I hope you have enjoyed my brief look into KFC’s Finger Lickin’ Good ad being pulled due to the current situation. As always, I would love to see your comments below and I’m always up for a discussion on any of my blog topics if you want to drop me a message via LinkedIn or Instagram. What do you think? Do you think the complaints are valid or all a little bit of an overreaction?
KFC’s social team definitely haven’t lost their old cheeky banter with this Mean Girls reference. Which you have to appreciate especially with this customer’s perfect comment.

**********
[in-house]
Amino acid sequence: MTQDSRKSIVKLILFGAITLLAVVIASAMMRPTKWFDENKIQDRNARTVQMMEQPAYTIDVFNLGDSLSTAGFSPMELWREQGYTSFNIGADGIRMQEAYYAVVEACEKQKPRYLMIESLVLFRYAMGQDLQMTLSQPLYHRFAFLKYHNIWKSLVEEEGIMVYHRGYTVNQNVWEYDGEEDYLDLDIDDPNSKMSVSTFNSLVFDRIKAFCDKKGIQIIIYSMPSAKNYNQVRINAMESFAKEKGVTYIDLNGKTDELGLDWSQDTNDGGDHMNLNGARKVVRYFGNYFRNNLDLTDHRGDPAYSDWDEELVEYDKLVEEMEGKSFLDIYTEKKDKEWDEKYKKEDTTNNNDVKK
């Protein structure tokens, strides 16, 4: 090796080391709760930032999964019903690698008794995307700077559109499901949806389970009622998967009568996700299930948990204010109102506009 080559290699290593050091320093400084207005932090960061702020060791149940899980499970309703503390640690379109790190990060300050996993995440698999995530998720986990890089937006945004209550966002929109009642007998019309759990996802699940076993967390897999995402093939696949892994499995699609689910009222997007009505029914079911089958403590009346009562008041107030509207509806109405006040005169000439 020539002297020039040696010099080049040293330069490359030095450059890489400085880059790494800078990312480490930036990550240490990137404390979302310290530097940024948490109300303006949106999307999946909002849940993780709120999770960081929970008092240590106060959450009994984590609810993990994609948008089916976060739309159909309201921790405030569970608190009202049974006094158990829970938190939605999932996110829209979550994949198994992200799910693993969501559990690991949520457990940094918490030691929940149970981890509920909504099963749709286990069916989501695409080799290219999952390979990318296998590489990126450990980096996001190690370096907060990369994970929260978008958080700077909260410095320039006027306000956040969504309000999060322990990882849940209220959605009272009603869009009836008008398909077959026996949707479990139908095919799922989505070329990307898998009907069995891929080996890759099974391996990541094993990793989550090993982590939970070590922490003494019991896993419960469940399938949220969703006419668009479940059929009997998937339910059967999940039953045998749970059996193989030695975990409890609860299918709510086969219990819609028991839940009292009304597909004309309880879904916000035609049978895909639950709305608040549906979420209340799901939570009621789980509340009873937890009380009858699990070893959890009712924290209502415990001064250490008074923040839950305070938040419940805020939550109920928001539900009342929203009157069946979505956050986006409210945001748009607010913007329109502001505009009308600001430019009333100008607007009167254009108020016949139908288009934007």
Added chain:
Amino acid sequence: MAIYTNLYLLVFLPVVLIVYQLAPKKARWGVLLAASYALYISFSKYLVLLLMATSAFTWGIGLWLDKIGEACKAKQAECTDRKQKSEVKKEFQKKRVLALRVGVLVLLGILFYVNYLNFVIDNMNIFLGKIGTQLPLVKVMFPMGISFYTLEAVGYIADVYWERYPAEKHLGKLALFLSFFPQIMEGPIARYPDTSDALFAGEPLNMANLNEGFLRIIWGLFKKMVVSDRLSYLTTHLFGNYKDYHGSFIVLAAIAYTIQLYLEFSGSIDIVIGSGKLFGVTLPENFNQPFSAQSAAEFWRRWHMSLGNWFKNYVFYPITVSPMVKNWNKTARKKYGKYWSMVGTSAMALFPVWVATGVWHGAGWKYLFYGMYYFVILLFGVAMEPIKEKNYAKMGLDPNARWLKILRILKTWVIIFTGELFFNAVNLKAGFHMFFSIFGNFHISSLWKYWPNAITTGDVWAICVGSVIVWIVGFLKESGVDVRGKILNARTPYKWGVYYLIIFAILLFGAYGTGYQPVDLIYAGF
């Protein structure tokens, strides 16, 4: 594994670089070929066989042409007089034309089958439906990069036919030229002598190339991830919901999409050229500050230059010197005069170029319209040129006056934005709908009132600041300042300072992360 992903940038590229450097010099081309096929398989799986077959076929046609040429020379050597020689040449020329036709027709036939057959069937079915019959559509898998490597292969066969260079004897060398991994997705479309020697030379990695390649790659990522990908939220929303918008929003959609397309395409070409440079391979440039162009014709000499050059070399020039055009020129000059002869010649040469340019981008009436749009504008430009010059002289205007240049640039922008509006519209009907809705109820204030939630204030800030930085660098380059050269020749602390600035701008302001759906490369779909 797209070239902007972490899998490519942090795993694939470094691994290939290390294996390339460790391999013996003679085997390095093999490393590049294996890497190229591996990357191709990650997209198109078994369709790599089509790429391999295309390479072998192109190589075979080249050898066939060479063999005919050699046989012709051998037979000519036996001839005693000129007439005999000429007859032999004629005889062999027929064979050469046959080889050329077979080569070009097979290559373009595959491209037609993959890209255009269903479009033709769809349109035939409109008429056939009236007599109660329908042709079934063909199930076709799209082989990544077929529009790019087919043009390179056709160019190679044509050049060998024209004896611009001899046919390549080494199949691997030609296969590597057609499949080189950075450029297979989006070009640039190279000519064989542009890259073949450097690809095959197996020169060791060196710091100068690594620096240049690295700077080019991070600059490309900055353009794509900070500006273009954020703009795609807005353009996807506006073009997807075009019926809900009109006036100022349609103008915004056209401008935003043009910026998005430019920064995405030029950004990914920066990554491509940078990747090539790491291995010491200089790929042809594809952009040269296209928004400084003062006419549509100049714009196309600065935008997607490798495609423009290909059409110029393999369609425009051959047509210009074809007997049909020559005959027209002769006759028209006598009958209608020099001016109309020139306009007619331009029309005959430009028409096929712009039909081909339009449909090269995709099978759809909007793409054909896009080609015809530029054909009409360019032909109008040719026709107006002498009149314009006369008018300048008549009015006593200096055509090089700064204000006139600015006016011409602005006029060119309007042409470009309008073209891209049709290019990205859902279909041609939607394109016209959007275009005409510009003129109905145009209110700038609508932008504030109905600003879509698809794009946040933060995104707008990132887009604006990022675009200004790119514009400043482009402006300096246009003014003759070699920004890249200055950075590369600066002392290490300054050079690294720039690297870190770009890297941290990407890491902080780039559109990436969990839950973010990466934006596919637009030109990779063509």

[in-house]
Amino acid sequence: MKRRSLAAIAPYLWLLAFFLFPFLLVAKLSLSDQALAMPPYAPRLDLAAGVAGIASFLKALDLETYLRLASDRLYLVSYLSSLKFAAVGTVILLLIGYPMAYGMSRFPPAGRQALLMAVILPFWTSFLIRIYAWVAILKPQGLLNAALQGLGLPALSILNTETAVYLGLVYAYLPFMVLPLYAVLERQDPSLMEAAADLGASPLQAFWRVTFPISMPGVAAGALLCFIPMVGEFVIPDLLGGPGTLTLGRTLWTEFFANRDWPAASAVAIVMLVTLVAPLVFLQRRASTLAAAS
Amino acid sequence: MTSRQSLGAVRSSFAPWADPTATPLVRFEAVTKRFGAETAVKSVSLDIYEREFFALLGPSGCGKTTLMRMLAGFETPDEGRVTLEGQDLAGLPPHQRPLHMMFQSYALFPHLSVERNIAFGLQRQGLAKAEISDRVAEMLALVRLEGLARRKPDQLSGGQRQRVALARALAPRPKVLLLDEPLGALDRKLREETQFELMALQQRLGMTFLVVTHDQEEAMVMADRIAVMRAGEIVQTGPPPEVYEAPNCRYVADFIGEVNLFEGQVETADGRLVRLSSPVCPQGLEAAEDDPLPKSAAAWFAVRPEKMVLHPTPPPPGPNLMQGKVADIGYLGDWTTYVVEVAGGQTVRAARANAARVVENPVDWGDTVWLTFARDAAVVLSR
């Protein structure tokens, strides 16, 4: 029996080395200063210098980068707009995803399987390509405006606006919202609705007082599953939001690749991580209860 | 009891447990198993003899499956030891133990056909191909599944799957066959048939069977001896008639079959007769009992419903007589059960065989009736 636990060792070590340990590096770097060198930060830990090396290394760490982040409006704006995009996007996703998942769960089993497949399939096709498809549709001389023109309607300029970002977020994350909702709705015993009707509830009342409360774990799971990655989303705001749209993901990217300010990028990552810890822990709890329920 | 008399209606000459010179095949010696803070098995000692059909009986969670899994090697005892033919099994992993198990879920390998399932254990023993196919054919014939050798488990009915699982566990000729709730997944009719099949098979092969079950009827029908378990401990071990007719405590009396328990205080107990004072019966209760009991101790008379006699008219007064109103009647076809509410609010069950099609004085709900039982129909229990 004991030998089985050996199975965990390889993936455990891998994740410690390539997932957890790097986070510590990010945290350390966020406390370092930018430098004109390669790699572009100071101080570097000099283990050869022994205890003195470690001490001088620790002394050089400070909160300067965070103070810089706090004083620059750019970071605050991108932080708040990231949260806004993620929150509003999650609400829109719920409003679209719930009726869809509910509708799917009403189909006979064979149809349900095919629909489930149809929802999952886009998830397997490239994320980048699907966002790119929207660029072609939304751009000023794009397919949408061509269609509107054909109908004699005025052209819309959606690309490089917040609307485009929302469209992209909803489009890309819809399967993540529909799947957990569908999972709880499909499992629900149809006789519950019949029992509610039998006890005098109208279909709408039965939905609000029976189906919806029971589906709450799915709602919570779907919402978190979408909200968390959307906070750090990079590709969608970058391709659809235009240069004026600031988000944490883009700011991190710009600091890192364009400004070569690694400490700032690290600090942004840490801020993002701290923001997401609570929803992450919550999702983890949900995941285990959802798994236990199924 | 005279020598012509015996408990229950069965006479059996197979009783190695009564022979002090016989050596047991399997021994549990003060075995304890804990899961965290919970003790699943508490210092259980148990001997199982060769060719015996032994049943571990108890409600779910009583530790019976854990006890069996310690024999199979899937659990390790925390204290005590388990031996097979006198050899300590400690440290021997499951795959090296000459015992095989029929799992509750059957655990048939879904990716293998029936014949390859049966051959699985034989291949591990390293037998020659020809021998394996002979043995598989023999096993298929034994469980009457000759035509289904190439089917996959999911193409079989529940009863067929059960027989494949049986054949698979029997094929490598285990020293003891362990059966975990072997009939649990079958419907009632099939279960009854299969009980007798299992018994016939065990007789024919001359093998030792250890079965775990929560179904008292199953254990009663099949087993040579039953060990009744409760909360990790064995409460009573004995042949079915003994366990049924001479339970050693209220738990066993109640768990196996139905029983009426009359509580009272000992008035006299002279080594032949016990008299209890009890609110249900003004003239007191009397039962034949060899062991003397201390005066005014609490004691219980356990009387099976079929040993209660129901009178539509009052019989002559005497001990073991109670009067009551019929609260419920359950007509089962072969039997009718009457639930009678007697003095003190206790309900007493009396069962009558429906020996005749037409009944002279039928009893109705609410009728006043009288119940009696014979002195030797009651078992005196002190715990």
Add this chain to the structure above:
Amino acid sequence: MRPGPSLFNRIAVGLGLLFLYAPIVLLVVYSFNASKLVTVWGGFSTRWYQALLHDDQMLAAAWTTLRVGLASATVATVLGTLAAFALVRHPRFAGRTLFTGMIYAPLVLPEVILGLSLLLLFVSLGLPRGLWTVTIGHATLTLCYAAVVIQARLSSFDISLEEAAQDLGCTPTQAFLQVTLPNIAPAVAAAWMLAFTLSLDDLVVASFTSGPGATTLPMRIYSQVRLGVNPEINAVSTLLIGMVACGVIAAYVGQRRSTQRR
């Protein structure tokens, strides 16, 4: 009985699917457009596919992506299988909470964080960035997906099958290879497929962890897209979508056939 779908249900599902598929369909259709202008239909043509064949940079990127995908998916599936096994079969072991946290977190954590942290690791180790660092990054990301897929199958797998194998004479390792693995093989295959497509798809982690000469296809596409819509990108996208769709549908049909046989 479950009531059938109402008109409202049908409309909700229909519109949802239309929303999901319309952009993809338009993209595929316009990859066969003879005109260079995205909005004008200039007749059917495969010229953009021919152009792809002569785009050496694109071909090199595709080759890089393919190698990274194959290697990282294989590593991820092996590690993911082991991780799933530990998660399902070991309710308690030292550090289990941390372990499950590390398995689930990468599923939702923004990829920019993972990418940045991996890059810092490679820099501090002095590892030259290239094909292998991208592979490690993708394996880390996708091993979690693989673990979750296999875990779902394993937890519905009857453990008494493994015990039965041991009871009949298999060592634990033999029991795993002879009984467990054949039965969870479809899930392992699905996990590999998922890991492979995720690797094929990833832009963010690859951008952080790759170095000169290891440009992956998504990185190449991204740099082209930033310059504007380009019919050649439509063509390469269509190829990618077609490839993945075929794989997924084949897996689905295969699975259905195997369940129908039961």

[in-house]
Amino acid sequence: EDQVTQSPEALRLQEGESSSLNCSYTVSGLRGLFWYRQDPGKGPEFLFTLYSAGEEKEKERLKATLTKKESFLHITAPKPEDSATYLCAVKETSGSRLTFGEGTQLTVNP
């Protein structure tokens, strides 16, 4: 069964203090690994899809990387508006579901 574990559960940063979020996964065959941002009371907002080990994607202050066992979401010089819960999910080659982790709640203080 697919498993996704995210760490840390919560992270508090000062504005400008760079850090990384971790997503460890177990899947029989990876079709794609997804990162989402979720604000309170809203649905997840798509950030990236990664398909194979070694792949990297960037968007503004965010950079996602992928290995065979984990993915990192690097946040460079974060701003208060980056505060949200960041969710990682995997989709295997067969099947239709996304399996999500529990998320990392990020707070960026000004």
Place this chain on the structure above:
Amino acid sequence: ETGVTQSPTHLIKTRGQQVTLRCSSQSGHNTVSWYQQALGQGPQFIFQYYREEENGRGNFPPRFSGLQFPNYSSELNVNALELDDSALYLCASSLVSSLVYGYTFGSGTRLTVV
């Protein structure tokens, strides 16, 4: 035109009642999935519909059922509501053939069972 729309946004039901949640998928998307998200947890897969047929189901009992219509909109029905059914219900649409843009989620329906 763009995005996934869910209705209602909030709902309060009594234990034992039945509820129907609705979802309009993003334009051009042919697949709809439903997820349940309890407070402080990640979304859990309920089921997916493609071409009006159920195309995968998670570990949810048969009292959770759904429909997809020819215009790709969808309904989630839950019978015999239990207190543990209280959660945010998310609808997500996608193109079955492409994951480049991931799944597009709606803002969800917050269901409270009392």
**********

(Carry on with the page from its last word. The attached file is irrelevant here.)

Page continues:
Honourable mention: BBC Good Food (email)
So it won’t be a surprise to many of you that I have a BBC Good Food account. With all the emails over the current situation, I also received a message from BBC Good Food.
With most of us now working from home and a lockdown looming, I think this is brilliant. I’m sure I’m not the only one that will be spending more time in the kitchen too.
So far it seems that people have been asking for some help with the essential cooking. How long untill we are filled with baking tips though?
Featured image courtesy of YouTube/ BMA Artists.